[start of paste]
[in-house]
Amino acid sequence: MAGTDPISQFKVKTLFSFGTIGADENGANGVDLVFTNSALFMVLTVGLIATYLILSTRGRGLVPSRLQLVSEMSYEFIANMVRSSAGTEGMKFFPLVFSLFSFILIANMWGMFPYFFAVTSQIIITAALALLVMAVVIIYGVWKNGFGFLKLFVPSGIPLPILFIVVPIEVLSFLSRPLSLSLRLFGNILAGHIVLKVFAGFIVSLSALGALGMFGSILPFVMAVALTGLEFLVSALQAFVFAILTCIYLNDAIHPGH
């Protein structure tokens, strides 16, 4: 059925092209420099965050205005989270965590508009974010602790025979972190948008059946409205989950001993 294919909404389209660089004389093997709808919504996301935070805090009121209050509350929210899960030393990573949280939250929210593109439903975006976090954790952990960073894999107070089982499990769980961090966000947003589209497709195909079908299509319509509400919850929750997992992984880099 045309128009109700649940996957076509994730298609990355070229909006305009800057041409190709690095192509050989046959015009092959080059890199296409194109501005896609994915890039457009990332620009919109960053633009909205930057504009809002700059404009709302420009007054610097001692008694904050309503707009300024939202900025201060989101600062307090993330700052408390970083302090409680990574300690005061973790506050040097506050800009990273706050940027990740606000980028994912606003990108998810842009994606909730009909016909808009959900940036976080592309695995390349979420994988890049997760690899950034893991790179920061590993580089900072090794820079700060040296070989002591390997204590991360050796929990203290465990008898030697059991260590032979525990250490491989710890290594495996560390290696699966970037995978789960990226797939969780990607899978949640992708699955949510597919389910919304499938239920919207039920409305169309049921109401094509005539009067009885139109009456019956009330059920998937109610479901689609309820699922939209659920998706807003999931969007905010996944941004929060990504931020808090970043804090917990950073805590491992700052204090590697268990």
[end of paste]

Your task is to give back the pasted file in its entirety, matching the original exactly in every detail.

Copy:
[in-house]
Amino acid sequence: MAGTDPISQFKVKTLFSFGTIGADENGANGVDLVFTNSALFMVLTVGLIATYLILSTRGRGLVPSRLQLVSEMSYEFIANMVRSSAGTEGMKFFPLVFSLFSFILIANMWGMFPYFFAVTSQIIITAALALLVMAVVIIYGVWKNGFGFLKLFVPSGIPLPILFIVVPIEVLSFLSRPLSLSLRLFGNILAGHIVLKVFAGFIVSLSALGALGMFGSILPFVMAVALTGLEFLVSALQAFVFAILTCIYLNDAIHPGH
């Protein structure tokens, strides 16, 4: 059925092209420099965050205005989270965590508009974010602790025979972190948008059946409205989950001993 294919909404389209660089004389093997709808919504996301935070805090009121209050509350929210899960030393990573949280939250929210593109439903975006976090954790952990960073894999107070089982499990769980961090966000947003589209497709195909079908299509319509509400919850929750997992992984880099 045309128009109700649940996957076509994730298609990355070229909006305009800057041409190709690095192509050989046959015009092959080059890199296409194109501005896609994915890039457009990332620009919109960053633009909205930057504009809002700059404009709302420009007054610097001692008694904050309503707009300024939202900025201060989101600062307090993330700052408390970083302090409680990574300690005061973790506050040097506050800009990273706050940027990740606000980028994912606003990108998810842009994606909730009909016909808009959900940036976080592309695995390349979420994988890049997760690899950034893991790179920061590993580089900072090794820079700060040296070989002591390997204590991360050796929990203290465990008898030697059991260590032979525990250490491989710890290594495996560390290696699966970037995978789960990226797939969780990607899978949640992708699955949510597919389910919304499938239920919207039920409305169309049921109401094509005539009067009885139109009456019956009330059920998937109610479901689609309820699922939209659920998706807003999931969007905010996944941004929060990504931020808090970043804090917990950073805590491992700052204090590697268990």